Sen. Chris Murphy (D-Conn.), who has been a vocal advocate for gun control, appeared in the House chamber for the vote. The measure is unlikely to become law, as it is not expected to receive a vote in the GOP Senate. 

Before the final vote, however, Republicans in the minority won on a procedural vote that forced Democrats to rewrite their bill. Such motions to recommit are rarely successful in the House, but this is the second such victory by the GOP since Democrats regained the majority in January.

The motion to recommit added language to the bill that requires U.S. Immigration and Customs Enforcement (ICE) to be notified when immigrants who do not have legal status attempt to purchase a firearm. 

The last-minute change came as a major win for Republicans, who saw identical language shot down in the House Rules Committee.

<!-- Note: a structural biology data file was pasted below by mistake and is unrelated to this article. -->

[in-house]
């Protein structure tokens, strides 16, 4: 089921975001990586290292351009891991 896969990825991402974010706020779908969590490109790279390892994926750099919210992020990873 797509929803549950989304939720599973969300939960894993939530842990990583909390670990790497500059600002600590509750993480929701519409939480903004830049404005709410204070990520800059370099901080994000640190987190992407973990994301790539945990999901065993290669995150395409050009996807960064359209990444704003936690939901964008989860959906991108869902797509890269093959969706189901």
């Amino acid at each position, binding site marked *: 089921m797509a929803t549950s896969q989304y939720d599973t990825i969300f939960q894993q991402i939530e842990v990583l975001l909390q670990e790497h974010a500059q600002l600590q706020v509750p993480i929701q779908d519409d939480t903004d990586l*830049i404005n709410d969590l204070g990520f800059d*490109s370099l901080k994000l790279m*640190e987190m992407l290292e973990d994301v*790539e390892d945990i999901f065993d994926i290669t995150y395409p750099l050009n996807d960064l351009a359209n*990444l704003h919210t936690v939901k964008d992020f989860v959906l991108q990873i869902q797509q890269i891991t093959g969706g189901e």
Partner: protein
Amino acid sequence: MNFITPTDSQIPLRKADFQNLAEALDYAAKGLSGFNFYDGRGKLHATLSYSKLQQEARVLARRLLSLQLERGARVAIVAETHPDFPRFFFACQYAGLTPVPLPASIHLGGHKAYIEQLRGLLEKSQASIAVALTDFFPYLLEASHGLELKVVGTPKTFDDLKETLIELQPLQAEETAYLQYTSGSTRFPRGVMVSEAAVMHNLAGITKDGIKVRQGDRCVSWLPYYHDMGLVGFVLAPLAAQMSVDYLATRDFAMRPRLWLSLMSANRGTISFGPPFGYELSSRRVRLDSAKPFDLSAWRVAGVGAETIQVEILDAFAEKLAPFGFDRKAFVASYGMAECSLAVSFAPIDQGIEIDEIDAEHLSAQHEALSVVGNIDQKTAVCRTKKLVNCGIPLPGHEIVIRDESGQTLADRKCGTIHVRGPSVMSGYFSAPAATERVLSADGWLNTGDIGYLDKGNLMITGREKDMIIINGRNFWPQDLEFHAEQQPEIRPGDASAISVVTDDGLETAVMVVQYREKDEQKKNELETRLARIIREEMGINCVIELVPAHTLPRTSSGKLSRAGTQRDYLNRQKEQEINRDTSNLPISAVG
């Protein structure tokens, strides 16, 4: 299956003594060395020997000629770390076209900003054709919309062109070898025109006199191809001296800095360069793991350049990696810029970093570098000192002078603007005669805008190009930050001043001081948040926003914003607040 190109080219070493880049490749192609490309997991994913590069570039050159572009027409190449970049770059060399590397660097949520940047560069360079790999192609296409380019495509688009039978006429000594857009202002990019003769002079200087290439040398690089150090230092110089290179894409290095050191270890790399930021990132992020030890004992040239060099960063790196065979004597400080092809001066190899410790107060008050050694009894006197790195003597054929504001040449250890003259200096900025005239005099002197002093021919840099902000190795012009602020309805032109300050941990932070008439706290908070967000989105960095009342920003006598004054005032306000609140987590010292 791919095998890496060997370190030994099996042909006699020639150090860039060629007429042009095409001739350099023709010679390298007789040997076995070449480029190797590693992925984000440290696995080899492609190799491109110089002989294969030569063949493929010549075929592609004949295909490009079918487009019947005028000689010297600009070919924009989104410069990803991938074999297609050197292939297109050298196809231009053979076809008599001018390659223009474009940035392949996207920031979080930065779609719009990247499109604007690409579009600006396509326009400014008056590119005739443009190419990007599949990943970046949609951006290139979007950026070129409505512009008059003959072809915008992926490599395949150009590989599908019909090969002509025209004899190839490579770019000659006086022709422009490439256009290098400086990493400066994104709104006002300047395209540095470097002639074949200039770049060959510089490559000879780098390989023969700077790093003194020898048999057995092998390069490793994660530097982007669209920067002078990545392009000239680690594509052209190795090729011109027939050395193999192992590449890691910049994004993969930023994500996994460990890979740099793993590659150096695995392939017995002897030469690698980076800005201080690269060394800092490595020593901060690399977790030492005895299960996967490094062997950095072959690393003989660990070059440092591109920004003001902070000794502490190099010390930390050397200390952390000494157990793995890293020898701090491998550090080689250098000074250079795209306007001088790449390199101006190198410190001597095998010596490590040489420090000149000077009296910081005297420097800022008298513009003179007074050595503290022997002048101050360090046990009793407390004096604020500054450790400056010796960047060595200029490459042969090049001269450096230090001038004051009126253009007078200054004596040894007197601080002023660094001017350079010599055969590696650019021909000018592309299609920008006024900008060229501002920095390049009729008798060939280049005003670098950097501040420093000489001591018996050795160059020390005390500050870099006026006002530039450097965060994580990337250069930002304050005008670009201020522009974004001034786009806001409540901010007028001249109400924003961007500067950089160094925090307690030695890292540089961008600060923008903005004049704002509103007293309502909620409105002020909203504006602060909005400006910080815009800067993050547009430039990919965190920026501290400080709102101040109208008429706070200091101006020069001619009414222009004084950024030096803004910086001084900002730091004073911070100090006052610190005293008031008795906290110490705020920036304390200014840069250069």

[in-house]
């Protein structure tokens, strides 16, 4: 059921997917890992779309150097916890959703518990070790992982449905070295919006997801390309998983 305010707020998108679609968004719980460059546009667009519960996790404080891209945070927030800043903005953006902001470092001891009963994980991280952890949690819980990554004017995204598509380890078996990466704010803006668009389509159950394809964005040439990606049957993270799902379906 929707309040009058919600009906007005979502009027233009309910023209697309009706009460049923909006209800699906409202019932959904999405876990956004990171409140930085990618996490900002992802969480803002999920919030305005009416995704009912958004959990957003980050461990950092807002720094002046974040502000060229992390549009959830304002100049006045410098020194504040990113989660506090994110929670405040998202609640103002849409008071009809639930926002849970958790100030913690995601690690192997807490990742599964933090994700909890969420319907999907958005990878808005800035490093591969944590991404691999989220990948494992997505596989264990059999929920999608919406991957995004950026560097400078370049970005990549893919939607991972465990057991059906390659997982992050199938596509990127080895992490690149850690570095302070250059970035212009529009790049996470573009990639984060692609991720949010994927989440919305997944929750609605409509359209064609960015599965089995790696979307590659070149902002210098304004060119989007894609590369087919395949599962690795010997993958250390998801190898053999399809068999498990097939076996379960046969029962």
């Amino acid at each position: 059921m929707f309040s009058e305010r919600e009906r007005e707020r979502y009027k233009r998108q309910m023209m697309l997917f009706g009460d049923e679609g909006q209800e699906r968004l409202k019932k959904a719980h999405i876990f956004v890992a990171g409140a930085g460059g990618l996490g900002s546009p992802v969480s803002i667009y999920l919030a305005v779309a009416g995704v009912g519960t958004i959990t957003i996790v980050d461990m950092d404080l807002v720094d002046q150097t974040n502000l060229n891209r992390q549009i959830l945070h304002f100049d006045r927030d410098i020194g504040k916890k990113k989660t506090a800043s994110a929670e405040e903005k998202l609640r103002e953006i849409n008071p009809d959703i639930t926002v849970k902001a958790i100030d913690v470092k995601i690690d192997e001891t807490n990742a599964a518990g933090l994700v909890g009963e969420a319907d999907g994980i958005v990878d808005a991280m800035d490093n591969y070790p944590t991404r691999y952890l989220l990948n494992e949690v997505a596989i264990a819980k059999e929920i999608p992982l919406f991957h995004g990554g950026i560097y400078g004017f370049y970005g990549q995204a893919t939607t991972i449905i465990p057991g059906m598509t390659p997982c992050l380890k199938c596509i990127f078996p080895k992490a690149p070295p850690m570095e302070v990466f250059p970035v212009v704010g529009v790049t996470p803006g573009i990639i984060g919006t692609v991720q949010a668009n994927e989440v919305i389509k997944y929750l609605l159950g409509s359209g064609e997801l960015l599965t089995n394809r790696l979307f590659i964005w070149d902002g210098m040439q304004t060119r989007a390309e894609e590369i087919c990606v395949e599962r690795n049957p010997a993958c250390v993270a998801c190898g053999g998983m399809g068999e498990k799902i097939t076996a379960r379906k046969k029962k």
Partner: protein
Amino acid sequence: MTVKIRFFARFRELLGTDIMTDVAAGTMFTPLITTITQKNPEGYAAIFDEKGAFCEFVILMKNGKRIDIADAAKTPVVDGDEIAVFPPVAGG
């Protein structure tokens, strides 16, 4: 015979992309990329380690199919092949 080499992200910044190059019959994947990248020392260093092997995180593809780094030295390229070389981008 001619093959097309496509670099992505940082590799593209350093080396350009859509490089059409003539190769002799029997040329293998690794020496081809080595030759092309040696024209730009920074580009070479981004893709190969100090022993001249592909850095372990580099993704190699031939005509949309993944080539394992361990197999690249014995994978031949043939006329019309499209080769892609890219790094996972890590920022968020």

The victory was an embarrassment for Democrats, who were unable to whip enough votes to defeat the measure. Twenty-six Democrats backed it, including a number of centrists who won election last fall in swing districts, such as Reps. Anthony Brindisi (N.Y.), Angie Craig (Minn.), Joe CunninghamJoseph CunninghamHarris, House Dems push for mandatory carbon monoxide detectors in public housing Freshman House Dems surge past GOP in money race The 31 Trump districts that will determine the next House majority MORE (S.C.), Ben McAdams (Utah), Max RoseMax RoseHillicon Valley: Trump signs cybersecurity executive order | Facebook bans 'dangerous' figures | Dems slam tech's response to extremist content | Trump meets Foxconn CEO over Wisconsin factory plans Dems slam 'vague explanations' by tech firms on extremist content House bill seeks to bolster security for synagogues, mosques in wake of attacks MORE (N.Y.), Mikie SherrillRebecca (Mikie) Michelle SherrillHouse Dems launch Servicewomen and Women Veterans caucus Booker takes early lead in 2020 endorsements The 31 Trump districts that will determine the next House majority MORE (N.J.). Elissa SlotkinElissa SlotkinHillicon Valley: Lawmakers seek 'time out' on facial recognition tech | DHS asks cybersecurity staff to volunteer for border help | Judge rules Qualcomm broke antitrust law | Bill calls for 5G national security strategy Bipartisan House bill calls for strategy to protect 5G networks from foreign threats Pro-ObamaCare group launches ad campaign to protect 20 House Dems MORE (Mich.) and Abigail SpanbergerAbigail Davis SpanbergerSenators offer bipartisan bill to help US firms remove Huawei equipment from networks Hillicon Valley: Lawmakers seek 'time out' on facial recognition tech | DHS asks cybersecurity staff to volunteer for border help | Judge rules Qualcomm broke antitrust law | Bill calls for 5G national security strategy Bipartisan House bill calls for strategy to protect 5G networks from foreign threats MORE (Va.).